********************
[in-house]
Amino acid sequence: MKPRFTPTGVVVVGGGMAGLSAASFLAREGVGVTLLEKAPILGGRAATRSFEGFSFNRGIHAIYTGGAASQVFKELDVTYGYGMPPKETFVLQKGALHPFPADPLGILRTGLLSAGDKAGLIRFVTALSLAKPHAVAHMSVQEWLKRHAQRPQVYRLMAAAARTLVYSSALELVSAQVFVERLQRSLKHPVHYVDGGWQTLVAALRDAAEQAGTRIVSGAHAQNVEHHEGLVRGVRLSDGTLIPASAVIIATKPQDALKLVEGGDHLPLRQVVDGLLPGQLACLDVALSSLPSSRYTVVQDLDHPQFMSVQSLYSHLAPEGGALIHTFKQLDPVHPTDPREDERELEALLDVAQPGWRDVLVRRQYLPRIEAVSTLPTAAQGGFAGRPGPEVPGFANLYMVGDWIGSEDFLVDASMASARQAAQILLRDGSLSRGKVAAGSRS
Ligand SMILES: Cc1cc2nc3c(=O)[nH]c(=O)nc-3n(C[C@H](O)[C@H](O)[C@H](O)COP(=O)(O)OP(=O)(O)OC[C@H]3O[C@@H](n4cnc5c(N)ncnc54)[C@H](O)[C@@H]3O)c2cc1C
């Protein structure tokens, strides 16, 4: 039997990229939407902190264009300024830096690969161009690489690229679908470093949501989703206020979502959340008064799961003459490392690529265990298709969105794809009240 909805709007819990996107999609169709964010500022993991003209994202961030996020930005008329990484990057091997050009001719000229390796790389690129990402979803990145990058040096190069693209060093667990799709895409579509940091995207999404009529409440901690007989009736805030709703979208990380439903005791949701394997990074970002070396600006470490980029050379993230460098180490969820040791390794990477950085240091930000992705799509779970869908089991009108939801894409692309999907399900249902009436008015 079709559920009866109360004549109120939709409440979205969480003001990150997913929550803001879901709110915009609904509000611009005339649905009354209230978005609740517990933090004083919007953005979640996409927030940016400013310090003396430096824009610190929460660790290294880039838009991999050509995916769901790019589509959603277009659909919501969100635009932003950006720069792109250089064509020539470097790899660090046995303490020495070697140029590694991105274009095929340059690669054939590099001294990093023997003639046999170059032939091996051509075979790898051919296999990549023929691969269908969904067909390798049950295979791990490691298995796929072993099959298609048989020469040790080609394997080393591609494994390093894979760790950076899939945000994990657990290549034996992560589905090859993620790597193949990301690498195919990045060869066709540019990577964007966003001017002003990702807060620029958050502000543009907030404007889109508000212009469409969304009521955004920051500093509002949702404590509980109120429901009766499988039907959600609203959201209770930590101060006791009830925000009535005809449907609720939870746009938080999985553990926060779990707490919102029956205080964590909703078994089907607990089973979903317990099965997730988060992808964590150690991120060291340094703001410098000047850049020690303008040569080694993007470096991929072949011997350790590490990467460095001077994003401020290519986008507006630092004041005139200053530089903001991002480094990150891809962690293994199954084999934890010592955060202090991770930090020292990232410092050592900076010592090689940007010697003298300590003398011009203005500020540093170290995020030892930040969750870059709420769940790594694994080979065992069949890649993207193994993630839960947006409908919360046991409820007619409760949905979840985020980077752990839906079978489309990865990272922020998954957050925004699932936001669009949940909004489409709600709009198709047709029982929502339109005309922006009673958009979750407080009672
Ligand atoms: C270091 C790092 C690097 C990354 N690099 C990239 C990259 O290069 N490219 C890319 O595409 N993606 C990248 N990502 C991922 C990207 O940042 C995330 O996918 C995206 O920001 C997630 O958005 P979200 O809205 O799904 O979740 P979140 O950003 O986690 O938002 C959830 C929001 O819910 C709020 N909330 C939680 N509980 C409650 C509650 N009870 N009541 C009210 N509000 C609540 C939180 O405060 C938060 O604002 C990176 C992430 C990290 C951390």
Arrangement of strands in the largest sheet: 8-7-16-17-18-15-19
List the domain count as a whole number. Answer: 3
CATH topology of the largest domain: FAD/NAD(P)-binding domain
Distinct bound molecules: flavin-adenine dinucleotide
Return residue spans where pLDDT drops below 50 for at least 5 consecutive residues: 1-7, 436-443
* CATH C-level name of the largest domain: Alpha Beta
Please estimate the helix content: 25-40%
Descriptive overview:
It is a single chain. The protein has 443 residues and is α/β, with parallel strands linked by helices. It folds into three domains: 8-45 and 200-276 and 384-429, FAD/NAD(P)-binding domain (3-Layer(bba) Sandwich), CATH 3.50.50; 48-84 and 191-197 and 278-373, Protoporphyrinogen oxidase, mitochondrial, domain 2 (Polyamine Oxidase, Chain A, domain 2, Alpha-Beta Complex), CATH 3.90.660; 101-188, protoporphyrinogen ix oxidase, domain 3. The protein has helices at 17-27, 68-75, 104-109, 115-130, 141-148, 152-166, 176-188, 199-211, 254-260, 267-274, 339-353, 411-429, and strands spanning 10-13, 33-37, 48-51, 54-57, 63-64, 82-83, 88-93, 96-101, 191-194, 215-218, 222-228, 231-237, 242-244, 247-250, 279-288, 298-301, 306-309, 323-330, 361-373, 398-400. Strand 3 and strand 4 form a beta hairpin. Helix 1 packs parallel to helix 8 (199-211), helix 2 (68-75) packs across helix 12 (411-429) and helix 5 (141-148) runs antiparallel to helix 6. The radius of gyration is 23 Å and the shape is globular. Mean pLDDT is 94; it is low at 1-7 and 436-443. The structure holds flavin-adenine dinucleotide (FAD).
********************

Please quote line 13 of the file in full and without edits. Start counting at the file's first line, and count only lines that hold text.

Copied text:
Descriptive overview: